Lindsey McDivittLindsey McDivitt:  

As a writer I’m passionate about tackling the issue of ageism—particularly in picture books. Unfortunately (and often unknowingly) we are teaching negative attitudes about older adults to very young children. Kids need realistic and positive images of old. We all do.

In my 50’s I made a major career change to write picture books, both fiction and non-fiction. I’m excited to share I recently signed publishing contracts with Eerdmans Books for Young Readers and Sleeping Bear Press. My first picture book biography will come out in June 2018.

In my 25 years in healthcare I worked primarily with stroke survivors. I was fortunate to know and be inspired by many amazing older role models. It’s important to me to highlight hidden strengths through stories and I had the good fortune to co-edit a collection of true tales by survivors of stroke. Climbing the Mountain: Stories of Hope, Healing and Humor after Stroke and Brain Injury was published by Fairview Press (2008, 2014).

After earning a degree in Speech and Hearing Science from the University of Minnesota I found creating stroke education and support programs highly rewarding. I worked with older adults in rehabilitation centers, long term care, hospitals, and the community. As a self-employed consultant I continue to write materials and teach workshops for both stroke survivors and healthcare professionals

Back in my early 20’s I gave little thought to growing old until hearing a speech by the famous Betty Friedan—soon after her book The Fountain of Age was published. She was followed by Maggie Kuhn, the founder of the Gray Panthers—an advocacy group for older citizens. I realized then that most of what I believed about growing older was merely myth.

With my eyes opened I was impelled me to read more and learn the truth about aging and later life. Twenty years later I participated in the birth of the Vital Aging Network at the University of Minnesota. Today I’m thrilled to collaborate with Dr. Sandra L. McGuire on the resources at this website. She has long devoted her energies to the cause. (Read more about her below.)

This website and the A is for Aging blog bring together my favorite things—picture books, older adults, and gardening. Gardening you ask? Well yes, that’s a stretch, but I believe we must plant the seeds to positive aging starting very young—in childhood. I hope you’ll join me in an effort to nip ageism in the bud.

After many years in Minnesota and stints in Michigan and Kansas, I currently I live in Minnesota. 


More about Lindsey. Definitely not “need to know”…

  • I adore a tiny rescued pup with a very long moniker “Rocky Forrest Ferris…” plus several others. (I take no responsibility.)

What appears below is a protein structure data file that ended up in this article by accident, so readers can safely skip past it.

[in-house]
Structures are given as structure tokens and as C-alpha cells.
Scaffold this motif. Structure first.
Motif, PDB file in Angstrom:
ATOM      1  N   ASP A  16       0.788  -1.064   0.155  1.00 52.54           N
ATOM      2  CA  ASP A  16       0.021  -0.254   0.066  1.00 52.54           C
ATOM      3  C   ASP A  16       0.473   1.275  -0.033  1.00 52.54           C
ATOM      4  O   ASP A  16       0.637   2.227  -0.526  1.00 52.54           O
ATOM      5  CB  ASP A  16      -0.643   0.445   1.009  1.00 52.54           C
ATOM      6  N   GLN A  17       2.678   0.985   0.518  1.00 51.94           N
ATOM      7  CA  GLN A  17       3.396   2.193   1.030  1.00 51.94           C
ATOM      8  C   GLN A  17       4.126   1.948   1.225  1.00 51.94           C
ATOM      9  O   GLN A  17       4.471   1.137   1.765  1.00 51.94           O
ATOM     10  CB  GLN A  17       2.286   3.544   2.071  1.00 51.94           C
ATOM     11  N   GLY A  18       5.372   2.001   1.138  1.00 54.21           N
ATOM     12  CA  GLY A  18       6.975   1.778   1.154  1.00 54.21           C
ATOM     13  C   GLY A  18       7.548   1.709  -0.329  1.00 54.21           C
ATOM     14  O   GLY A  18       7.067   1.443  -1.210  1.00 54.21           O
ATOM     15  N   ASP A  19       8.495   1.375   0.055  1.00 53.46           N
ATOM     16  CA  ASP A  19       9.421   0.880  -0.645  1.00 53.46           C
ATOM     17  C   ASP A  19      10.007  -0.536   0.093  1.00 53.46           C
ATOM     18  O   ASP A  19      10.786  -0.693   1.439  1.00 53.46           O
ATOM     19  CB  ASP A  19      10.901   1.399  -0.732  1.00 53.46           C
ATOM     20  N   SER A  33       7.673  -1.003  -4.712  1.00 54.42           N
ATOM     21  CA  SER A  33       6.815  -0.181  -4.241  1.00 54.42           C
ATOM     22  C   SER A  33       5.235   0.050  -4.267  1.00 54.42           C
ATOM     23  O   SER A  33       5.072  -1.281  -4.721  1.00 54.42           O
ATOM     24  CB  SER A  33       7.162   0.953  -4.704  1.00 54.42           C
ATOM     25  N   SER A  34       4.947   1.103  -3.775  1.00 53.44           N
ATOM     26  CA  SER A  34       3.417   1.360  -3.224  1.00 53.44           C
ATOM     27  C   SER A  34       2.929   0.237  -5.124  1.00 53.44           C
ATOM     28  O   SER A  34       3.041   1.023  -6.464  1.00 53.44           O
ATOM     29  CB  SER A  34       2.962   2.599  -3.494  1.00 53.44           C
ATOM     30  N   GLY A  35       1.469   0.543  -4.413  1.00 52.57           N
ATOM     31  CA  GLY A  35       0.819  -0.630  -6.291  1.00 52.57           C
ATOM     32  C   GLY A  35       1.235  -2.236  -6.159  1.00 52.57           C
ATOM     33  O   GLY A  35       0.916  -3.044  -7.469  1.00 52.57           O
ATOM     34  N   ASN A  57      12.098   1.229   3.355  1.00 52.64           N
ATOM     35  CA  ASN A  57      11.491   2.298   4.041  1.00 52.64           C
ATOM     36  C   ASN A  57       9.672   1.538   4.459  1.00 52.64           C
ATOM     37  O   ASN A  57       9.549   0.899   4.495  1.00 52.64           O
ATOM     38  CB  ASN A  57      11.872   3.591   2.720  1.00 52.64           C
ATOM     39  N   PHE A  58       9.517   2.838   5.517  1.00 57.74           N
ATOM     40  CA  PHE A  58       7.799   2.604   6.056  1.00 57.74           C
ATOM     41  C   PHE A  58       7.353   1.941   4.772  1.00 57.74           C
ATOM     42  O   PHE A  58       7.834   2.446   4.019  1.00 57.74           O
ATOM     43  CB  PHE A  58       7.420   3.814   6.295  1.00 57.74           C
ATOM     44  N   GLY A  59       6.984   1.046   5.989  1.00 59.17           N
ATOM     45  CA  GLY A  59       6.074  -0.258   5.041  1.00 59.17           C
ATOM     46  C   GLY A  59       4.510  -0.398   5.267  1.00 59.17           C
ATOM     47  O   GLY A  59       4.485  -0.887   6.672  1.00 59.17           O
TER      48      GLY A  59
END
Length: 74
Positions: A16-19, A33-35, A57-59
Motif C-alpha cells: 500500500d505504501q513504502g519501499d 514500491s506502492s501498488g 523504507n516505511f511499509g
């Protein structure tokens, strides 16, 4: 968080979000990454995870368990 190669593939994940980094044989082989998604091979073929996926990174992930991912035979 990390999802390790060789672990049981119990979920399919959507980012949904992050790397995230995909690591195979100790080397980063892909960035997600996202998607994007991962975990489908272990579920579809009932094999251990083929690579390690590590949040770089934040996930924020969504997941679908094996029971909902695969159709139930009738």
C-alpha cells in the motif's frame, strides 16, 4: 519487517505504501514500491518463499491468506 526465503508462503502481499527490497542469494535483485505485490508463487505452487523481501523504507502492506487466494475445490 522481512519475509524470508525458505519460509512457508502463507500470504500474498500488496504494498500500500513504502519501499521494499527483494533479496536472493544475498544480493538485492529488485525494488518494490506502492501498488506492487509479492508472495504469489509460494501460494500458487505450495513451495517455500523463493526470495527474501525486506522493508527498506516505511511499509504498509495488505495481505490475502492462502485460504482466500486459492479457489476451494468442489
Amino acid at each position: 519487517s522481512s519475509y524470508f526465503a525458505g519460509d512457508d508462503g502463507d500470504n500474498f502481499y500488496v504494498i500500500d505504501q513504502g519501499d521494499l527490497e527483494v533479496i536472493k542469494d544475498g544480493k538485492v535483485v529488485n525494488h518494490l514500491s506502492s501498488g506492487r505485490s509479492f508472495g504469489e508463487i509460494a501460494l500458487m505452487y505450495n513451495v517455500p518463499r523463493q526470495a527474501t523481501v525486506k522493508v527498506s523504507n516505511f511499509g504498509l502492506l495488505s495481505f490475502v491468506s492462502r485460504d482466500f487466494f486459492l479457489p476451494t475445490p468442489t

• I tend to stumble frequently when walking the dog–gazing up at beautiful large trees. (I often pat them, but only occasionally hug.)Summer 2012 065
  • I’ve “adopted” university students far from home–3 from China and  1 from Singapore so far. They have really enriched my life.
  • I tell people I have a “pack-a-day habit” using little sticky notes. I love reading non-fiction, but I really, really dislike note-taking.
  • The Great Lakes and the mighty Mississippi River inspire total awe and I visit every chance I get.

“Children today are expected to live longer than any other generation of Americans. Let’s rise to the challenge of promoting positive aging and combating ageism—it benefits everyone”.  Sandra L. McGuire RN, EdD

Dr. Sandra L. McGuire is an advisor for the A is for Aging blog and resources. She is a Professor Emeritus at the University of Tennessee, Knoxville. 

Dr. McGuire is a Fellow of the Association for Gerontology in Higher Education (AGHE) and serves on the AGHE K-12 Committee. She is director of the Kids Are Tomorrow’s Seniors Program (KATS) and served as a member of AARP’s National Policy Council.

Dr. McGuire has worked with the Teaching and Learning about Aging Project, served on the Board of the Center for Understanding Aging, and contributed materials to the National Academy for Teaching and Learning about Aging. She has coordinated a university gerontology program and taught courses such as “Aging and Society”.

Over a period of almost 30 years, Dr. McGuire has contributed to numerous books and published on aging, aging education, promoting positive attitudes about aging with children, and aging as portrayed in early children’s literature in journals including: Childhood Education, Journal of School Nursing, and Educational Gerontology.

She is the author of the Growing Up and Growing Older Booklist compiled over many years. Like the resources at this website it is a compilation of carefully selected children’s literature with meaningful portrayals of older adults. (See Resources for more information and blog page for reviewed books.)

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